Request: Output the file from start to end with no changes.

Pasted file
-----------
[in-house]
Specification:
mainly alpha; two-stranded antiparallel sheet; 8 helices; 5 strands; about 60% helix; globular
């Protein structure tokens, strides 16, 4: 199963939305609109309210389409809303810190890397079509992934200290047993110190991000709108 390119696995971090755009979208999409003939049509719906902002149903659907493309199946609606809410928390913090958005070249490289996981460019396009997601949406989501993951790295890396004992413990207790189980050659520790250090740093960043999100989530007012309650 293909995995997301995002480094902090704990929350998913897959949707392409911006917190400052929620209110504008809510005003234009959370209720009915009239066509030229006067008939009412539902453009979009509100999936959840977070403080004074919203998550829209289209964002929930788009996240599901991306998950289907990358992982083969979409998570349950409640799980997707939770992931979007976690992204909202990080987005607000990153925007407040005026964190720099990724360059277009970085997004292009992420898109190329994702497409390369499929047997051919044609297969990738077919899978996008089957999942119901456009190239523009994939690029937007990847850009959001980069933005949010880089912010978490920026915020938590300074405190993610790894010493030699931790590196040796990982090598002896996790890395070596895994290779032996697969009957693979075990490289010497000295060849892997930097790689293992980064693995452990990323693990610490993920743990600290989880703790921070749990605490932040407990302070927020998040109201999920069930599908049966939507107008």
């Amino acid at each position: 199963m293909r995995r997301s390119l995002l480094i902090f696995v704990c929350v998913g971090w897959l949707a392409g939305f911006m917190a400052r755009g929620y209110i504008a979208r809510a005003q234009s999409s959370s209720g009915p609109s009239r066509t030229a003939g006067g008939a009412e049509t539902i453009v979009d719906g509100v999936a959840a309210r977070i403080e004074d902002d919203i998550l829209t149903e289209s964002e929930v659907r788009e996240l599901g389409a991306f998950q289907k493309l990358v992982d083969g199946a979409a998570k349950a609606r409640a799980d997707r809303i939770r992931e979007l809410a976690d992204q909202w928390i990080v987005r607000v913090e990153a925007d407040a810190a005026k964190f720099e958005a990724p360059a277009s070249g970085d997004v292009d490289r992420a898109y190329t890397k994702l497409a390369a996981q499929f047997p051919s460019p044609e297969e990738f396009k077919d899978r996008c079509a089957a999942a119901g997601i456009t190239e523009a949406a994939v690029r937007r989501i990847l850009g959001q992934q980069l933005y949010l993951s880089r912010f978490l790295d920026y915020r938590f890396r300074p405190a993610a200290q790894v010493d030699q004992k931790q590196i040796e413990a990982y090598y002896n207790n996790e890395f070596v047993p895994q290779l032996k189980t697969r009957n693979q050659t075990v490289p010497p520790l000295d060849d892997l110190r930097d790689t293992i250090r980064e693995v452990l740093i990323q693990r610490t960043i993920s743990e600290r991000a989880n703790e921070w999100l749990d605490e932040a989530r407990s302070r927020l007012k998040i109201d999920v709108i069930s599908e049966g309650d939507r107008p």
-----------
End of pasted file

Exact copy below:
[in-house]
Specification:
mainly alpha; two-stranded antiparallel sheet; 8 helices; 5 strands; about 60% helix; globular
């Protein structure tokens, strides 16, 4: 199963939305609109309210389409809303810190890397079509992934200290047993110190991000709108 390119696995971090755009979208999409003939049509719906902002149903659907493309199946609606809410928390913090958005070249490289996981460019396009997601949406989501993951790295890396004992413990207790189980050659520790250090740093960043999100989530007012309650 293909995995997301995002480094902090704990929350998913897959949707392409911006917190400052929620209110504008809510005003234009959370209720009915009239066509030229006067008939009412539902453009979009509100999936959840977070403080004074919203998550829209289209964002929930788009996240599901991306998950289907990358992982083969979409998570349950409640799980997707939770992931979007976690992204909202990080987005607000990153925007407040005026964190720099990724360059277009970085997004292009992420898109190329994702497409390369499929047997051919044609297969990738077919899978996008089957999942119901456009190239523009994939690029937007990847850009959001980069933005949010880089912010978490920026915020938590300074405190993610790894010493030699931790590196040796990982090598002896996790890395070596895994290779032996697969009957693979075990490289010497000295060849892997930097790689293992980064693995452990990323693990610490993920743990600290989880703790921070749990605490932040407990302070927020998040109201999920069930599908049966939507107008």
């Amino acid at each position: 199963m293909r995995r997301s390119l995002l480094i902090f696995v704990c929350v998913g971090w897959l949707a392409g939305f911006m917190a400052r755009g929620y209110i504008a979208r809510a005003q234009s999409s959370s209720g009915p609109s009239r066509t030229a003939g006067g008939a009412e049509t539902i453009v979009d719906g509100v999936a959840a309210r977070i403080e004074d902002d919203i998550l829209t149903e289209s964002e929930v659907r788009e996240l599901g389409a991306f998950q289907k493309l990358v992982d083969g199946a979409a998570k349950a609606r409640a799980d997707r809303i939770r992931e979007l809410a976690d992204q909202w928390i990080v987005r607000v913090e990153a925007d407040a810190a005026k964190f720099e958005a990724p360059a277009s070249g970085d997004v292009d490289r992420a898109y190329t890397k994702l497409a390369a996981q499929f047997p051919s460019p044609e297969e990738f396009k077919d899978r996008c079509a089957a999942a119901g997601i456009t190239e523009a949406a994939v690029r937007r989501i990847l850009g959001q992934q980069l933005y949010l993951s880089r912010f978490l790295d920026y915020r938590f890396r300074p405190a993610a200290q790894v010493d030699q004992k931790q590196i040796e413990a990982y090598y002896n207790n996790e890395f070596v047993p895994q290779l032996k189980t697969r009957n693979q050659t075990v490289p010497p520790l000295d060849d892997l110190r930097d790689t293992i250090r980064e693995v452990l740093i990323q693990r610490t960043i993920s743990e600290r991000a989880n703790e921070w999100l749990d605490e932040a989530r407990s302070r927020l007012k998040i109201d999920v709108i069930s599908e049966g309650d939507r107008p």